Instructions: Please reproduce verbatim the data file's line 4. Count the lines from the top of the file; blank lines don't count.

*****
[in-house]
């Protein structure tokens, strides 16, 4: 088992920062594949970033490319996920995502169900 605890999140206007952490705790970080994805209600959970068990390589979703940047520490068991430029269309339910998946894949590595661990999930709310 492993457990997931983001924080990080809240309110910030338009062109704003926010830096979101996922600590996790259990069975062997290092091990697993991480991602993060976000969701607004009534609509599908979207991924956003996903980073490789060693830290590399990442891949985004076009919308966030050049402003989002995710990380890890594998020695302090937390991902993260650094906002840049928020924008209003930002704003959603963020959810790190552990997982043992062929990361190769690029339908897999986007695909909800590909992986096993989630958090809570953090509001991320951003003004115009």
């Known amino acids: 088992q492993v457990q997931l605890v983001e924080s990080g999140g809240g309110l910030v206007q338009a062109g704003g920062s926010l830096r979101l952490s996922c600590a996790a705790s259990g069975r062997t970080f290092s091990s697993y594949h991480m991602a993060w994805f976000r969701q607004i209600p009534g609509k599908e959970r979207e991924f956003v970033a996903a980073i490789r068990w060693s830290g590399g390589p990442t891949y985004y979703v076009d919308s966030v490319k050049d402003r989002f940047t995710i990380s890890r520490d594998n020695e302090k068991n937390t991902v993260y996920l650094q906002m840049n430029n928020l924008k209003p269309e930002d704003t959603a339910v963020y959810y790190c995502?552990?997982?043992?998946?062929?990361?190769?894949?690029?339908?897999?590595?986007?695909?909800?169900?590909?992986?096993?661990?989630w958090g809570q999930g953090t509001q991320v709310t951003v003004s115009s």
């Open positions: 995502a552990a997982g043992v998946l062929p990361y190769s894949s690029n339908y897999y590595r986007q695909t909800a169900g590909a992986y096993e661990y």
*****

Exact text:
């Open positions: 995502a552990a997982g043992v998946l062929p990361y190769s894949s690029n339908y897999y590595r986007q695909t909800a169900g590909a992986y096993e661990y």